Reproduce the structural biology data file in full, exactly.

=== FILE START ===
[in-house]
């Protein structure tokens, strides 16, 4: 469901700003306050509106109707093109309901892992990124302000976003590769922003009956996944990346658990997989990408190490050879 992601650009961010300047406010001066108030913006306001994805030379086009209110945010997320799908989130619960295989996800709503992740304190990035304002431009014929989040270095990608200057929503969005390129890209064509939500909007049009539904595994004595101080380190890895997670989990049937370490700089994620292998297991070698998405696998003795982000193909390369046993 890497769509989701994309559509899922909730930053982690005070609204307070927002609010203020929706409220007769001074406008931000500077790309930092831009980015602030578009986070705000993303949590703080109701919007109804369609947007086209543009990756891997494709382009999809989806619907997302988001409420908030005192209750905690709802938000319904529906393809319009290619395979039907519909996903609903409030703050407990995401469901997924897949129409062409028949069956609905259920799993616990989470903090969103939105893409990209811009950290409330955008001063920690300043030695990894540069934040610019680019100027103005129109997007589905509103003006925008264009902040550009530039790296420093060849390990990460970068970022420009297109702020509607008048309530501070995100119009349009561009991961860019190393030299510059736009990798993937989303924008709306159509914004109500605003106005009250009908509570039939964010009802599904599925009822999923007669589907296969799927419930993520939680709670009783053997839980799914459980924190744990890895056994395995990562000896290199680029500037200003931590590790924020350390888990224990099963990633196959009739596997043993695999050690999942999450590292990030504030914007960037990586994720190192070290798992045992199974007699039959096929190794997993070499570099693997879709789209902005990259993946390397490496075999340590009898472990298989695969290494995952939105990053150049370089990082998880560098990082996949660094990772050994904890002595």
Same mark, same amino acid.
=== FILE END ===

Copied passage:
[in-house]
């Protein structure tokens, strides 16, 4: 469901700003306050509106109707093109309901892992990124302000976003590769922003009956996944990346658990997989990408190490050879 992601650009961010300047406010001066108030913006306001994805030379086009209110945010997320799908989130619960295989996800709503992740304190990035304002431009014929989040270095990608200057929503969005390129890209064509939500909007049009539904595994004595101080380190890895997670989990049937370490700089994620292998297991070698998405696998003795982000193909390369046993 890497769509989701994309559509899922909730930053982690005070609204307070927002609010203020929706409220007769001074406008931000500077790309930092831009980015602030578009986070705000993303949590703080109701919007109804369609947007086209543009990756891997494709382009999809989806619907997302988001409420908030005192209750905690709802938000319904529906393809319009290619395979039907519909996903609903409030703050407990995401469901997924897949129409062409028949069956609905259920799993616990989470903090969103939105893409990209811009950290409330955008001063920690300043030695990894540069934040610019680019100027103005129109997007589905509103003006925008264009902040550009530039790296420093060849390990990460970068970022420009297109702020509607008048309530501070995100119009349009561009991961860019190393030299510059736009990798993937989303924008709306159509914004109500605003106005009250009908509570039939964010009802599904599925009822999923007669589907296969799927419930993520939680709670009783053997839980799914459980924190744990890895056994395995990562000896290199680029500037200003931590590790924020350390888990224990099963990633196959009739596997043993695999050690999942999450590292990030504030914007960037990586994720190192070290798992045992199974007699039959096929190794997993070499570099693997879709789209902005990259993946390397490496075999340590009898472990298989695969290494995952939105990053150049370089990082998880560098990082996949660094990772050994904890002595």
Same mark, same amino acid.